Posts Tagged ‘Emily Ramser’


Tomorrow is a New Day for Secrets

Emily Ramser

 

The boy turns the pages with curious fingers. He runs them across the glossy photos, lingering on the women’s faces and pouty red-painted lips. They are all so beautiful, he thinks. That is the word he should use, isn’t it? Beautiful? They steal his breath from his tummy and lite him on fire.

 

He can feel if racing through his body. The flames tickle his palms and make the crevices between his fingers sweat. He flips too another page, and his eyes widen. So lovely. She looks like his mother, he thinks. He strokes the model’s deep brown hair and pale skin. So pretty.

 

From beyond the bathroom a door slams. He drops the dirty magazine in fright. It slumps against the bathroom’s tile floor. He stuffs it back in the pile of magazines resting on the back of the toilet. Tomorrow. He would look again tomorrow.

 

Across the hall the girl presses her thumb against the lock of her door, assuring that no one could enter. Not like anyone was home. Her house was a ghost town expect for her younger brother in the bathroom.

 

She sits on the edge of her bed. The purple comforter spreads out like a mystic sea behind her. Her mother had picked it out. She would have preferred a red or green, but her mother thinks a girl should be interested in purples and pinks, not boy colors like reds and greens.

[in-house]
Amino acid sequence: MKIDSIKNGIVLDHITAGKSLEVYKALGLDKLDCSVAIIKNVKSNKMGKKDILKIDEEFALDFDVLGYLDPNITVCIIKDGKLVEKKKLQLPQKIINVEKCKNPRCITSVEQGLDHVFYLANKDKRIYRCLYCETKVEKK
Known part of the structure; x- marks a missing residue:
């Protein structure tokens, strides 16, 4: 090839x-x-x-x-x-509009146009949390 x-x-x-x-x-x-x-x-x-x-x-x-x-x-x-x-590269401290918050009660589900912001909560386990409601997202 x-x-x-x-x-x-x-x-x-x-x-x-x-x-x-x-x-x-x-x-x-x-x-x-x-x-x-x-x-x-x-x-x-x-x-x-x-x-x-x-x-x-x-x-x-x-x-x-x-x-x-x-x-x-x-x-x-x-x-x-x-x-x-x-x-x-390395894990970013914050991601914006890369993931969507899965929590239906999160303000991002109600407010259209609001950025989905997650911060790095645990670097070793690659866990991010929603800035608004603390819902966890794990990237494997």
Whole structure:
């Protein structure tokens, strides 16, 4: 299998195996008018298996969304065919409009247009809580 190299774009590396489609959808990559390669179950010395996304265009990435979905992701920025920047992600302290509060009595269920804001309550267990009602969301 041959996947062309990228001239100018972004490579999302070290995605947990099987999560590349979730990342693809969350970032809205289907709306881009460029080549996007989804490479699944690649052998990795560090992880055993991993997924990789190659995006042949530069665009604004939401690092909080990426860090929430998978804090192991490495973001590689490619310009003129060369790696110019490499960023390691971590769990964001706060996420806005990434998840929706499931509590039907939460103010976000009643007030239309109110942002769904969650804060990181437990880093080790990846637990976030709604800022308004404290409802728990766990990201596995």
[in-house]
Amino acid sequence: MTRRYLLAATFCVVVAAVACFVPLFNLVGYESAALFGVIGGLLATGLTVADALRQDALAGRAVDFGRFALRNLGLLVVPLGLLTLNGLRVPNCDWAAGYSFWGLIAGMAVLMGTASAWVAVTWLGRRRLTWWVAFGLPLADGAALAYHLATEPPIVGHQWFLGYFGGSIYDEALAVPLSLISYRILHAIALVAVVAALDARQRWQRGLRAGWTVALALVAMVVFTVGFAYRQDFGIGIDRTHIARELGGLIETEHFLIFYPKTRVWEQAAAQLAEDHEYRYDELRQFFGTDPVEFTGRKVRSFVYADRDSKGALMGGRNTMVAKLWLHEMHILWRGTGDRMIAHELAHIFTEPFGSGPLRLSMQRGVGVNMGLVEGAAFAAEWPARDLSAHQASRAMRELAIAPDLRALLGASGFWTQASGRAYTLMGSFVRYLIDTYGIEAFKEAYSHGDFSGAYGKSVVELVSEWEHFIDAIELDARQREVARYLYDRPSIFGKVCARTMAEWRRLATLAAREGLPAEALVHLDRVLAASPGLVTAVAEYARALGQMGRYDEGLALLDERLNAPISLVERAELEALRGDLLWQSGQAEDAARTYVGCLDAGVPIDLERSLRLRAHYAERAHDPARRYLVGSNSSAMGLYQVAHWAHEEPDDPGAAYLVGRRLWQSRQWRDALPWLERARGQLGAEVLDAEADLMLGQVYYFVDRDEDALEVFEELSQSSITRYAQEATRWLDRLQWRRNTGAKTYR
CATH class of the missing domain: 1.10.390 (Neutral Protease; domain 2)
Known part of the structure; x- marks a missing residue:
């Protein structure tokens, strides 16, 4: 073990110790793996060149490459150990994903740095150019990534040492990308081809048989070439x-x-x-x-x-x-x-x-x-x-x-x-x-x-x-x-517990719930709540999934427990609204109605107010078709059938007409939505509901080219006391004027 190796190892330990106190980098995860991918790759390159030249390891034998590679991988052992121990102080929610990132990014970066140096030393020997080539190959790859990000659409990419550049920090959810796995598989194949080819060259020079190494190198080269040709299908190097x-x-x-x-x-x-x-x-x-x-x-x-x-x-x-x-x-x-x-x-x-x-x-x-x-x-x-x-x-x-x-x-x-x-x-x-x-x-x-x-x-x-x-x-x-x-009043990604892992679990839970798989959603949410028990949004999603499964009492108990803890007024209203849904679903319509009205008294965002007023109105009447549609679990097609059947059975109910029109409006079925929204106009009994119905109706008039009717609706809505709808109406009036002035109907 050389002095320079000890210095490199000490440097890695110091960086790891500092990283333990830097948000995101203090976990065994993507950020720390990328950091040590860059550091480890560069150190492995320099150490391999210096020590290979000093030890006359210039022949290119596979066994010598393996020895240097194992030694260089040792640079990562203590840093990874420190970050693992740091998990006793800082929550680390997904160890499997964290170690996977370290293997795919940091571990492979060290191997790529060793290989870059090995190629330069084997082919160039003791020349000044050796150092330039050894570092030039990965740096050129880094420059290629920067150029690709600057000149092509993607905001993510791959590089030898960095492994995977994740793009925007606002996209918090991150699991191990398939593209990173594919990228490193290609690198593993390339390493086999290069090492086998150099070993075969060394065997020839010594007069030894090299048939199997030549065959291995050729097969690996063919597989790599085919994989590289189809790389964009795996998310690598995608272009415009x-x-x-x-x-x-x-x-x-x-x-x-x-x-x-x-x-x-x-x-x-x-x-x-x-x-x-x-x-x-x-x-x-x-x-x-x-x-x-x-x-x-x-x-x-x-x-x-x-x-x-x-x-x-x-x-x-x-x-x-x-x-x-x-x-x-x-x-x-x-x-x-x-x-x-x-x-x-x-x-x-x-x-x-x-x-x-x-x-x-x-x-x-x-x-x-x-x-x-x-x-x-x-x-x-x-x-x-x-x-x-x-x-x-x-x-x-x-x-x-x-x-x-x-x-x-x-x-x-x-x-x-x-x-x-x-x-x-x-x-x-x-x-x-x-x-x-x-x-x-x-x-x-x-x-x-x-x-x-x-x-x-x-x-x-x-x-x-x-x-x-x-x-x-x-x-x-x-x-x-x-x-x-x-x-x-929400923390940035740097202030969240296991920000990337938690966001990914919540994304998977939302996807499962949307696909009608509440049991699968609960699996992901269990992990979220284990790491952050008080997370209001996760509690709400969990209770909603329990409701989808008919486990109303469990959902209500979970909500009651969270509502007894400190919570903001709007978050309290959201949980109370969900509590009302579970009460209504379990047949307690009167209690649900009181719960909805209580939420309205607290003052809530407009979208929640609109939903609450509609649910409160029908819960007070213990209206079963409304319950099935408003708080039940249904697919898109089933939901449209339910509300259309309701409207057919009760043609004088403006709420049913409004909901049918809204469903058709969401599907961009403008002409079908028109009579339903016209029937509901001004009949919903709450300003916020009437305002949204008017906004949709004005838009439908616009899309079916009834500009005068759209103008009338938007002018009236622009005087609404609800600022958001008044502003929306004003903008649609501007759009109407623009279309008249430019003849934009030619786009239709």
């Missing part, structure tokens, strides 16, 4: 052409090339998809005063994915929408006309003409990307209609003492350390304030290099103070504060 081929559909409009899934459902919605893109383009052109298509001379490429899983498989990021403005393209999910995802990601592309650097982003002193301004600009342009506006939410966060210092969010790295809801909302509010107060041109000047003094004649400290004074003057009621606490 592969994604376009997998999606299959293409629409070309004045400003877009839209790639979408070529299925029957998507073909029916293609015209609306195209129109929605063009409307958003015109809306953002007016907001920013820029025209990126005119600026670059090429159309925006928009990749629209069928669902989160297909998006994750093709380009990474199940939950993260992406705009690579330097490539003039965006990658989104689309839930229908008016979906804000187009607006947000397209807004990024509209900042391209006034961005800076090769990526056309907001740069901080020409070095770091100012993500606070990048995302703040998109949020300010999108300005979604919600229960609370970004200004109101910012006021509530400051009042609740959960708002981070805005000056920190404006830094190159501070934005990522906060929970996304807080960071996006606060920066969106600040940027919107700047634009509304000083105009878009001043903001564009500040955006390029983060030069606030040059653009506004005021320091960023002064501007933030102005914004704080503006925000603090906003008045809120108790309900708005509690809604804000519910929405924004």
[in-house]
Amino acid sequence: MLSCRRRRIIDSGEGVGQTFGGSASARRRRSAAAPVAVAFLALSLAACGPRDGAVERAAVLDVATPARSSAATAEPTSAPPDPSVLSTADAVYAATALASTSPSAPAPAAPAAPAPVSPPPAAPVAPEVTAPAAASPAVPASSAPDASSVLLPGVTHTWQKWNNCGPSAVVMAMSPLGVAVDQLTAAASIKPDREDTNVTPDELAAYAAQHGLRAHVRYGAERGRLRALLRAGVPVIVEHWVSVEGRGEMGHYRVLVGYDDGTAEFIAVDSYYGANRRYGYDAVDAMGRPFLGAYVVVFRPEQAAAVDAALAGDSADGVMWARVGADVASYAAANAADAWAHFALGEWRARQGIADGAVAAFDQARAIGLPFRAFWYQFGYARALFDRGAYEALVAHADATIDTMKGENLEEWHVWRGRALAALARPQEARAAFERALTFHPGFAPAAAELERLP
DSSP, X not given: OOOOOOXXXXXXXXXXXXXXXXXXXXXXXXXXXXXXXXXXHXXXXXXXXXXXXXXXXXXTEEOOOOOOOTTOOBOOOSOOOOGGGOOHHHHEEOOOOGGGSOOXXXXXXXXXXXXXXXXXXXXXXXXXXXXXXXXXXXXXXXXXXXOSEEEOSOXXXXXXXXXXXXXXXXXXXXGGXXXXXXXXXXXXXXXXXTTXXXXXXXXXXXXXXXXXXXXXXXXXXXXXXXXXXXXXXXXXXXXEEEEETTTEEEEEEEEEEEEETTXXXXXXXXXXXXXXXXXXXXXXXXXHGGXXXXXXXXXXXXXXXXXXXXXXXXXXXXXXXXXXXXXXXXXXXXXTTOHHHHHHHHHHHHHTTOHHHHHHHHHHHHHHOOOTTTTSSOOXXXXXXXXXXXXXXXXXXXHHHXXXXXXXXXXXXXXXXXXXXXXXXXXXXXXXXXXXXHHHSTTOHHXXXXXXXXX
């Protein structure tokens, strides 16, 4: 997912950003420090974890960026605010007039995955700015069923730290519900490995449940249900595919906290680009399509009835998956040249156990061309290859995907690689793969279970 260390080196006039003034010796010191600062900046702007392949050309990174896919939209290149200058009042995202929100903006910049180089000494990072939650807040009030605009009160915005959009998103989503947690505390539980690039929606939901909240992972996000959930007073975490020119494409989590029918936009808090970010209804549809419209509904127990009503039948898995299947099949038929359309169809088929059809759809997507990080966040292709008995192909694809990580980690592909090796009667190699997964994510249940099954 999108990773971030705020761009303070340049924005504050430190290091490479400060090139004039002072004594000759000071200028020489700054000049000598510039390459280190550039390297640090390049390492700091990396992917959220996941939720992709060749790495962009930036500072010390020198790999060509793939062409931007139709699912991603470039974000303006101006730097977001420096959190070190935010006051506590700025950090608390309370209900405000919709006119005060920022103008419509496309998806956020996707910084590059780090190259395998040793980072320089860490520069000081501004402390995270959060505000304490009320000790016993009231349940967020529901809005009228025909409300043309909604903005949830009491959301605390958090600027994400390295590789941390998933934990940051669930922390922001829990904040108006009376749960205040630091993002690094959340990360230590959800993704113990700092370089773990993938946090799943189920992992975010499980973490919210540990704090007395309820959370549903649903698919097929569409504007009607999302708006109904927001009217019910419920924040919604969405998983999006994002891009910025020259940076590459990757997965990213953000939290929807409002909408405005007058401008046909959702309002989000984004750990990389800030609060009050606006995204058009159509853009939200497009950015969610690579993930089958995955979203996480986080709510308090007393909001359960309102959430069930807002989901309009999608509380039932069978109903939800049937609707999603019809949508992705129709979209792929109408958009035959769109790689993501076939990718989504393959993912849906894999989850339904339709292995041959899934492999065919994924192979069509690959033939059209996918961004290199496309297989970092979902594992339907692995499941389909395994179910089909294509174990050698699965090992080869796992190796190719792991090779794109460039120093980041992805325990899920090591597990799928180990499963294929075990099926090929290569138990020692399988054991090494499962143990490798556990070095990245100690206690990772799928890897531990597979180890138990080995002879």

The letters on the brochure match the blanket, she thinks. Maybe her mother designed it. Her lips tilt up in a smirk. As if. She reads them again, holding her breath as if they might have changed since she picked the paper up at the clinic.

 

“Trans youth, we’re here to help you.”

 

They haven’t changed. Her breath flies out in a woosh and she unfolds it to read the information inside. Tomorrow. Tomorrow I’ll go back and talk to the clinic counselor, she thinks.

 

Outside her window her father’s car idles. He sits in the front seat with his hands holding a pack of papers to the steering wheel. He reads the same line over and over again.

 

“Am I doing this?”

 

He whispers aloud to himself, filling the quiet car. He rereads the divorce papers and turns off the car. He fingers the key, nervous energy keeping him from being still. Might as well get this over with, he thinks. Is she even home?

 

He walks inside his empty home. Were his children even here? His daughter was never home, for she was always out with her short-haired friends smoking cigarettes. His son hid upstairs more often than naught with his video games. He often finds himself wondering if he even has a family.